Content Types in SharePoint 2007 is a powerful mechanism to put content into a lifecycle. Mostly it is used to associate metadata with content, which can be useful for searching. Other content type features, such as workflows, information management policies, event handlers and document templates, if leveraged properly can provide robust lifecycle to content within SharePoint. Managing Enterprise Metadata with Content Type is a great whitepaper on content types that describes challenges associated with desigining metadata that is application across enterprise.
Assuming your enterprise has figured out metadata model for enterprise, this post describes various ways of creating content types in SharePoint 2007 along with its pros and cons.
1. Create using Site Administration User Interface
SharePoint 2007 provides user interface for site administrators to create content types that are scoped at a site collection or a site level.
This is the most restrictive approach, in the sense that content types cannot be leveraged outside the site collection it was created. However, it provides maximum flexibility for the site administrator to change the definition without affecting other site collections. It also does not require developer involvement as there is no custom code required. This approach is particularly suitable for document centers and team sites that are specialized in nature. For example, a document center site collection for storing company policies. Since all policies will be stored in single site collection, there is hardly any need to share the content types outside the document center.
The user interface allows adding site columns, reordering columns, template, versioning, workflows and informationmanagement polcies. It does not allow association of event handlers.
2. Package as SharePoint FEATURE
SharePoint Feature allows content types to be defined declaratively in XML format. Any text editor from Notepad to Visual Studio can be used to write XML, which can be easily packaged into SharePoint Feature and deployed as SharePoint Solution. Content Type Feature is scoped only at site level, therefore, cannot be activated at Farm, web application and sub site level. This is a constraint and needs be considered during design. After a Solution with content type Feature is deployed on a Farm, the Feature shows up within 'Site Collection Features' list under every site collection. This can Feature can be activated only by a site collection administrator, after which, the content type is provisioned for that site collection. Content type definition can be marked as Sealed to prevent any modification by end user.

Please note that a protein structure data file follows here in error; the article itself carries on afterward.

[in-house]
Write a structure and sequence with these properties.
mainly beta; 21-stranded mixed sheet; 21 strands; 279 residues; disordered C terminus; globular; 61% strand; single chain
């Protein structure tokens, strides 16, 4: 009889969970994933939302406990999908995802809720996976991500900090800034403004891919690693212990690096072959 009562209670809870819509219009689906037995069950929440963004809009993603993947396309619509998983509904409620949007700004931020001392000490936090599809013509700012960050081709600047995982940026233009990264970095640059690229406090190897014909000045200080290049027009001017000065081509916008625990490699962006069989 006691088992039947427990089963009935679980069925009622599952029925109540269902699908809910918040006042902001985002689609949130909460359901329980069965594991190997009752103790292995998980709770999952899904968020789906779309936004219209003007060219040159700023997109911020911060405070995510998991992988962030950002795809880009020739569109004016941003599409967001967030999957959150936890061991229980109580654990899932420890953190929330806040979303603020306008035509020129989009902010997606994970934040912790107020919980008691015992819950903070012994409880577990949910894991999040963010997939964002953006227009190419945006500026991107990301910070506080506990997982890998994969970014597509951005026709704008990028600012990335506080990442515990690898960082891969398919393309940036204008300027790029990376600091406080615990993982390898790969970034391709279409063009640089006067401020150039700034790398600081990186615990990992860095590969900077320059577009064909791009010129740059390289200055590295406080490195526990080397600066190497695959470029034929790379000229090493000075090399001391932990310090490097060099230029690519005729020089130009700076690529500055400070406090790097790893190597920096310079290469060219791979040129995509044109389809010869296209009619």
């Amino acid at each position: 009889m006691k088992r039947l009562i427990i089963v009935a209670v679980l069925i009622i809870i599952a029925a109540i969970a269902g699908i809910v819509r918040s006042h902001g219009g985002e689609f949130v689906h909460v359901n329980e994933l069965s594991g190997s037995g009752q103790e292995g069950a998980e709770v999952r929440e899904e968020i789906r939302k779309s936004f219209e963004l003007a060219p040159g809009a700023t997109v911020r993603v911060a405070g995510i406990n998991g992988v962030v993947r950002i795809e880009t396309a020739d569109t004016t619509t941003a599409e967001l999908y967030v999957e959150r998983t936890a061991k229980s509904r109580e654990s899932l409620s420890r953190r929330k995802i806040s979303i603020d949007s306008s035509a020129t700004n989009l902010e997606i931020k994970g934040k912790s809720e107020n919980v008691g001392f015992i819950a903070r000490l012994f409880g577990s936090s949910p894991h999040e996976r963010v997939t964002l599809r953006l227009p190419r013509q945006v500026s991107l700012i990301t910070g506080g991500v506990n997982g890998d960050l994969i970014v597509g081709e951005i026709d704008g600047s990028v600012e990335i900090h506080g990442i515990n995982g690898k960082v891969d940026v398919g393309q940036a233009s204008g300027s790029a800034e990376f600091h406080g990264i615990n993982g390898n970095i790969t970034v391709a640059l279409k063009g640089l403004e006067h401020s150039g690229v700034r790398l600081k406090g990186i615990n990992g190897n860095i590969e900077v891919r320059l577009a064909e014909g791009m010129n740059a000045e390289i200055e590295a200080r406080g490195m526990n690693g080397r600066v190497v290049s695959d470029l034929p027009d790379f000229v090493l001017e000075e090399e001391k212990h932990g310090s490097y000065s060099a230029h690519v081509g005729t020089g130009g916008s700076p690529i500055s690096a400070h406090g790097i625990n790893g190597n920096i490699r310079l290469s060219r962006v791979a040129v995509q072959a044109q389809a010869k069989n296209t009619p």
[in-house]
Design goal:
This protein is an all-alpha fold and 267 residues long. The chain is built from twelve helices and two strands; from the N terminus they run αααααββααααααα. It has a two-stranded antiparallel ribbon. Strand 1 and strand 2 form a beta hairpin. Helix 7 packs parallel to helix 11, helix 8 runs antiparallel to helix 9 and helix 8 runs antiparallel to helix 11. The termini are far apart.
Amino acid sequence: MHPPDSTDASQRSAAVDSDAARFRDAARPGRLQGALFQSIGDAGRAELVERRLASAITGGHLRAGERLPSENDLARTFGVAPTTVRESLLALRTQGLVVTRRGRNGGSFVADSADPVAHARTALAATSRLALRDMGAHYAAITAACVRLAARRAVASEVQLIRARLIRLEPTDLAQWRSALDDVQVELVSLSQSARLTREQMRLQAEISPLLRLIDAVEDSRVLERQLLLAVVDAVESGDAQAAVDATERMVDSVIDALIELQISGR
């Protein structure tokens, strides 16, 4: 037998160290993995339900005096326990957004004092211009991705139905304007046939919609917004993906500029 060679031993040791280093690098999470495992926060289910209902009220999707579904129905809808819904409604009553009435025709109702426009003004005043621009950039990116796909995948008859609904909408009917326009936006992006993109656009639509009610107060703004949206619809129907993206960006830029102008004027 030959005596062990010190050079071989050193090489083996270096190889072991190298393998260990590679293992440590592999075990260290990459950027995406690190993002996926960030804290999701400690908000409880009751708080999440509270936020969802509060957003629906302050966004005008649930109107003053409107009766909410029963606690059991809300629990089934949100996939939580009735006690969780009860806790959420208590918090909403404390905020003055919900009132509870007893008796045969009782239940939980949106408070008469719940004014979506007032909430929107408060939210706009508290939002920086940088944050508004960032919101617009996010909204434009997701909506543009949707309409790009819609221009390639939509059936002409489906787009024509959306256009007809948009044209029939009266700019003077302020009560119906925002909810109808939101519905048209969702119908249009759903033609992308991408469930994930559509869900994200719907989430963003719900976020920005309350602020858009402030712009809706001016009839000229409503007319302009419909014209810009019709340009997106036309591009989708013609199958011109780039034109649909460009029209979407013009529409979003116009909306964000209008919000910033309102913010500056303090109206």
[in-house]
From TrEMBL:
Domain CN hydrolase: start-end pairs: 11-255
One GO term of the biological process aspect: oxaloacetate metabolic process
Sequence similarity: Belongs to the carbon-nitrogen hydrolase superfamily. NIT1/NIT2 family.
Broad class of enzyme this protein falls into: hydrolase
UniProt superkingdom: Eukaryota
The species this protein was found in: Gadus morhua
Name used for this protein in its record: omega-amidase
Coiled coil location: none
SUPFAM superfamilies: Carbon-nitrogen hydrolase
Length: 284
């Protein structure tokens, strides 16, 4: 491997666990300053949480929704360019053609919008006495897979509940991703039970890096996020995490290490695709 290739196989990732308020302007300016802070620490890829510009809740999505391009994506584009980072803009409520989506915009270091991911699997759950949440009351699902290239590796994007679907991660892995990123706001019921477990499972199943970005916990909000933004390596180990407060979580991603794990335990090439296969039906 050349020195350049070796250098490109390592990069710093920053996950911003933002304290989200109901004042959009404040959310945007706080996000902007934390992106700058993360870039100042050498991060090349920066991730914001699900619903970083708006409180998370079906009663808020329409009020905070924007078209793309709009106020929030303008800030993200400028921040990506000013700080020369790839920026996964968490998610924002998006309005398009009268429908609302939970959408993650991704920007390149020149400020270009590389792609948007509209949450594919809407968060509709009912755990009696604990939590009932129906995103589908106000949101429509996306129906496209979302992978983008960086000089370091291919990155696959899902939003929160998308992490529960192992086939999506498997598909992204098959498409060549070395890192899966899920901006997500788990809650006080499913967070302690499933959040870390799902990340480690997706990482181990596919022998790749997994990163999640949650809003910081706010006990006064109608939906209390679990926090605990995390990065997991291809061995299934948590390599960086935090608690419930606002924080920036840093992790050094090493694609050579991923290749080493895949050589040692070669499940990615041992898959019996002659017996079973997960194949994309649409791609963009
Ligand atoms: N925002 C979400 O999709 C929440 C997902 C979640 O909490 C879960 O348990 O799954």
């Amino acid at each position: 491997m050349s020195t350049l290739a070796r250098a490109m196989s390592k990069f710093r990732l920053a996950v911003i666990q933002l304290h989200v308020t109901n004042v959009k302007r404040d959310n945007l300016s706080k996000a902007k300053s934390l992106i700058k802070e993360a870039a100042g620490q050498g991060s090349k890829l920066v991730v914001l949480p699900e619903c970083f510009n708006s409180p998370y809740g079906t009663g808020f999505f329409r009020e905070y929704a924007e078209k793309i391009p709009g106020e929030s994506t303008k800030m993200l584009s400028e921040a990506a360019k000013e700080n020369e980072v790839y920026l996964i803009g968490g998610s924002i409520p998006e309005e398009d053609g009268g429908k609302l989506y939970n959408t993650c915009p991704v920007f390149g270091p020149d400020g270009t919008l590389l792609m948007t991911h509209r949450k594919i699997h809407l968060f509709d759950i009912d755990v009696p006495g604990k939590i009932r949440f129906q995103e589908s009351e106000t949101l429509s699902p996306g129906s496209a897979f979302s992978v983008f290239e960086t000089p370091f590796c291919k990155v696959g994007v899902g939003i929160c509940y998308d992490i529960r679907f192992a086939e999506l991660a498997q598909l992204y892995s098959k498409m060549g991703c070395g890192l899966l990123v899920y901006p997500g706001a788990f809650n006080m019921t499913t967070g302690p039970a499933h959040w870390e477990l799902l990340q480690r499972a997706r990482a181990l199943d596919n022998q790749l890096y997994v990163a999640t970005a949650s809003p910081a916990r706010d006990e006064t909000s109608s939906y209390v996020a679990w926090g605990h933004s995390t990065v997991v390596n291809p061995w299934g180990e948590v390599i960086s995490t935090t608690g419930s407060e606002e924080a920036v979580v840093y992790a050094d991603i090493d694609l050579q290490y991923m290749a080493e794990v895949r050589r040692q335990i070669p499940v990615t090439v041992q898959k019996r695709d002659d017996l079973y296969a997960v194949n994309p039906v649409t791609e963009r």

Except for Information Management Policies, the XML definition can be used to describe Fields, event handlers and workflows. Each Field in Content Type refers to Site Column and can be used to override display name and mandatory requirement. Event handlers refer to event type and binaries that contain code to execute on particular event. Similarly, workflows refer to workflow definitions that exist at site collection.
The biggest advantage of this approach is having a single content type definition that can be used across site collections. For e.g. if your enterprise wishes to collect specific properties, such as Project Number, Duration, Cost etc., for every project related content, then a Project content type can be defined a SharePoint Feature and made available across SharePoint Farm. Any team site or document center that wishes to store project related content can activate Project content type Feature and have consistent metadata captured for Project content.
3. Write custom code
Custom code involves writing .NET code using SharePoint Object model to create columns, events, workflows as well as Information management policies. Note that Information Policies are not applicable to content types in WSS. Similar to Feature approach, custom code can provide single content type definition - in form of .NET code - that can be applied across site collections. Code is less desirable for obvious reasons such as testing and maintenance, but provides highest flexibility. Certain operations such as creation of lookup columns and information policies can be achieved only using custom code.
It requires developers to write code and package it as a Feature, where the code runs when the Feature is either Installed or Activated. It is a good practice to remove the content type when the Feature is deactivated or uninstalled. This approach can also be used to provision a content type across site collections within a web application. To achieve this, a developer can create a Feature that is scoped at Web Application and write code in Feature Activated event that create content type in every site collection.
It will be interesting to see how Content Types evolve in SharePoint 2010.